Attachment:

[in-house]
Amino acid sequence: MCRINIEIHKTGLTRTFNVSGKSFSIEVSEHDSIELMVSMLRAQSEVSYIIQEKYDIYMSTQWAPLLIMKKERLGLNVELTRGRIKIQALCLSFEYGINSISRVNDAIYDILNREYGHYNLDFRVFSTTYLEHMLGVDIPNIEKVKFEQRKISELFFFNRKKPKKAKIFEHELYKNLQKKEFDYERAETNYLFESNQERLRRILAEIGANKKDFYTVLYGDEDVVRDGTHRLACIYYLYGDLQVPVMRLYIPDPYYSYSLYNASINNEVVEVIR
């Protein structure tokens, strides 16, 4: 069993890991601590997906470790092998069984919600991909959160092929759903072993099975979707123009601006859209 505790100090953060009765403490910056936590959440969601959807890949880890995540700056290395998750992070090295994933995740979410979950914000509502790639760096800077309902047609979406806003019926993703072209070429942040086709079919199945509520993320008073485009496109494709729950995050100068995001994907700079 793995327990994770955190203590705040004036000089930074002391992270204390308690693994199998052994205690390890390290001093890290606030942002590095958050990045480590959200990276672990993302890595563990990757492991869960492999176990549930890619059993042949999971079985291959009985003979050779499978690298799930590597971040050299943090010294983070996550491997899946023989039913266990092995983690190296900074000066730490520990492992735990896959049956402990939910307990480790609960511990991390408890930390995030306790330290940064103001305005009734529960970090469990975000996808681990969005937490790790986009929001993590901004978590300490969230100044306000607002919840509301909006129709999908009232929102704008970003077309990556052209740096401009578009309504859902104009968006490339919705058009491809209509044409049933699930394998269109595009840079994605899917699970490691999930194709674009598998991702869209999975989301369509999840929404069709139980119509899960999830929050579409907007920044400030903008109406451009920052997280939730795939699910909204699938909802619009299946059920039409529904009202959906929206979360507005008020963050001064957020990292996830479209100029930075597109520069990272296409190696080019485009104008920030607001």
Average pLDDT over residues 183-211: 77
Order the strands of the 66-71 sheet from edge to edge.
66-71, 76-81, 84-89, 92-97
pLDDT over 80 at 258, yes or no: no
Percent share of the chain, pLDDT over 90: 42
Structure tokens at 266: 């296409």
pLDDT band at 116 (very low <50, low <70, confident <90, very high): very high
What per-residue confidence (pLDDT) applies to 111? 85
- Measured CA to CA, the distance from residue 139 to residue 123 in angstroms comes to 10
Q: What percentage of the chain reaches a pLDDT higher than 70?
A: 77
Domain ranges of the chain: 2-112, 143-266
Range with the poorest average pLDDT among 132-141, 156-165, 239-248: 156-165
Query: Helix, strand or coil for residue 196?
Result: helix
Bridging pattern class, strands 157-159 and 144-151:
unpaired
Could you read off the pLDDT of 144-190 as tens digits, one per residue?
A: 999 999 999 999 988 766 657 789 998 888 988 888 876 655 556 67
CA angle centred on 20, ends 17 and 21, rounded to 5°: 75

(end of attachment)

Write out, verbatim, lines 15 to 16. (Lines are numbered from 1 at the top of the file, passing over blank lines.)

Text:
Domain ranges of the chain: 2-112, 143-266
Range with the poorest average pLDDT among 132-141, 156-165, 239-248: 156-165